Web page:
Phishing emails and security shortcuts, for instance, can make even the most secure supply chain a prime target for cybercriminals. Training programmes to equip staff with proper cybersecurity hygiene are essential when operating a modern supply chain.
SMEs in Singapore are subject to data compliance regulations and over the last few years, the government has been introducing guidelines and initiatives for SMEs to implement best practice frameworks to protect both business and customer data.
To better prevent hackers from accessing critical data, SME owners must ensure that third-party service providers, such as logistics vendors, are in agreement about what data is available, who has access to it and how it will be used.
For example, if a logistics vendor requires access to customer data to process shipping faster, both parties should take precautions to ensure that data systems are robustly protected against malicious software.
SMEs can also outline their expectations for security controls within vendor contracts to ensure that selected providers meet a high level of security standards. For example, the contract can mandate that the appointed logistics partner reflect business continuity plans by stress testing logistics procedures periodically.
In addition, be sure to back up company databases regularly. This ensures that important data is saved in the event of a cyber attack.
Many SMEs believe that working with a third-party logistics company (i.e. 3PL) could incur high costs for the company, but that may not always be the case. By leveraging the services of specialised logistics partners, SMEs could stand to secure optimal delivery rates and efficient warehousing services.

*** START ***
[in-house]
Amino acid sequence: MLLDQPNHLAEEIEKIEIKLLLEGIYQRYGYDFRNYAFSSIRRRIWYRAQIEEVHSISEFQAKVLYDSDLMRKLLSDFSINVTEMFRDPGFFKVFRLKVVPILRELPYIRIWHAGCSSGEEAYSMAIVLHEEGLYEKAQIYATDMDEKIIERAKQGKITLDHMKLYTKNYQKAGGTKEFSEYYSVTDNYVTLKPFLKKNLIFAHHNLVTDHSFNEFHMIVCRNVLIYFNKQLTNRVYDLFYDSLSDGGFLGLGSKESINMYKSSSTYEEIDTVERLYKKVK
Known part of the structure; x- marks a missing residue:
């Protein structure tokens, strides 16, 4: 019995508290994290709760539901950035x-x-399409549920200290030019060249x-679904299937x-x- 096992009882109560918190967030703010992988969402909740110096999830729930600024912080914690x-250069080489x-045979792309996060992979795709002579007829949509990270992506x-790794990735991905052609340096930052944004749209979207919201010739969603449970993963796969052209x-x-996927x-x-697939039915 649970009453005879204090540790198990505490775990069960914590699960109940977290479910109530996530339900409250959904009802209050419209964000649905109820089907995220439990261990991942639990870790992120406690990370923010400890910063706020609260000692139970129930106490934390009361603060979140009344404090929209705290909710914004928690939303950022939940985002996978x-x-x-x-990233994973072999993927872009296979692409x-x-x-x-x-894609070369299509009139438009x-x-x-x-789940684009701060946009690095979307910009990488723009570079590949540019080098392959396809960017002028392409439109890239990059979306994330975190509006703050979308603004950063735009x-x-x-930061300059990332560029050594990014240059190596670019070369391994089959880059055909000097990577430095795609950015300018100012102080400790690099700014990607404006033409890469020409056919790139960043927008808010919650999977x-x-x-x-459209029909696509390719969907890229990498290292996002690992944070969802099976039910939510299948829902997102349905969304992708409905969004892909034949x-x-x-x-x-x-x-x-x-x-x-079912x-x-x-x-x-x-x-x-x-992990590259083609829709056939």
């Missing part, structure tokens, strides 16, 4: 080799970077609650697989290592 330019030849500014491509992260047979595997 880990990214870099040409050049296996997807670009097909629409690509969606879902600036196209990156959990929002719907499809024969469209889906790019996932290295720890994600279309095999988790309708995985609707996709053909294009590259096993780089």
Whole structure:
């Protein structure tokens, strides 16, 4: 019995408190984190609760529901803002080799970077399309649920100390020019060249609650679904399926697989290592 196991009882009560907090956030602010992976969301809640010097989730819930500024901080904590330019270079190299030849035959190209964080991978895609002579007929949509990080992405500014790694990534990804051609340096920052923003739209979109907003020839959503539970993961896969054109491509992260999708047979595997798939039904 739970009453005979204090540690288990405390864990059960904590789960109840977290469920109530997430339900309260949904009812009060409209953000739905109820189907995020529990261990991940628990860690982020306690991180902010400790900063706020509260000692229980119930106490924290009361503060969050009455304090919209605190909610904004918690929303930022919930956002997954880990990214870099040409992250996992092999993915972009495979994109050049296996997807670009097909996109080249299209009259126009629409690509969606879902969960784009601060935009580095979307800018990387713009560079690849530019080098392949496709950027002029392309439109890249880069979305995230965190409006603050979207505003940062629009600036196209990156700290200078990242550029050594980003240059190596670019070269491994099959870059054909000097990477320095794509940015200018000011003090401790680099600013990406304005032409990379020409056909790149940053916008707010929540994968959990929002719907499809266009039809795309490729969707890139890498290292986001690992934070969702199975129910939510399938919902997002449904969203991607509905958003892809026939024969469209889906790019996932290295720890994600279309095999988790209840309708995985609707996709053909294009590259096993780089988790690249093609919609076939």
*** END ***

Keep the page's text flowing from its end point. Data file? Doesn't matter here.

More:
More importantly, 3PLs possess the necessary visibility and collaboration tools to help SMEs digitalise and safely protect their supply chains.
A recent study found that more than half of 3PLs (58 per cent) are investing in predictive analytics, while the rest of 3PLs viewed data protection as a growing “must-have” for customers. Such changes in 3PLs’ strategies offer SMEs a leg up when building a competitive supply chain that takes into account cybersecurity and data protection risks.
Furthermore, SMEs will be able to tap on the integrated technology platforms used by these 3PLs, thus exposing them to a wide range of services, from specialised logistics to business intelligence insights.
This helps SMEs reap the benefits of a digitalised supply chain without costly capital investments. Going a step further, such technology platforms also boast robust cyber defences, affording an additional peace of mind for companies looking to protect their logistics network.
This article originally appeared in the Entrepreneur's Digest print edition #92 and has been edited for clarity, brevity and for the relevance of this website.
About the Author
Shawn Chen | Commercial Director, Asia & Regional Director, Southeast Asia | C.H. Robinson
In his role at C.H. Robinson, Shawn Chen is responsible for overseeing the Southeast Asia offices of C.H. Robinson. Shawn also focuses on the development and training of C.H. Robinson’s client acquisition and retention process across North and Southeast Asia. With more than 16 years of experience in the company, Shawn has worked in the United States and Hong Kong, leading sales and business development efforts. Previously, Shawn worked in the heavy industrial sector. He has a Bachelor’s degree in International business and Spanish language studies.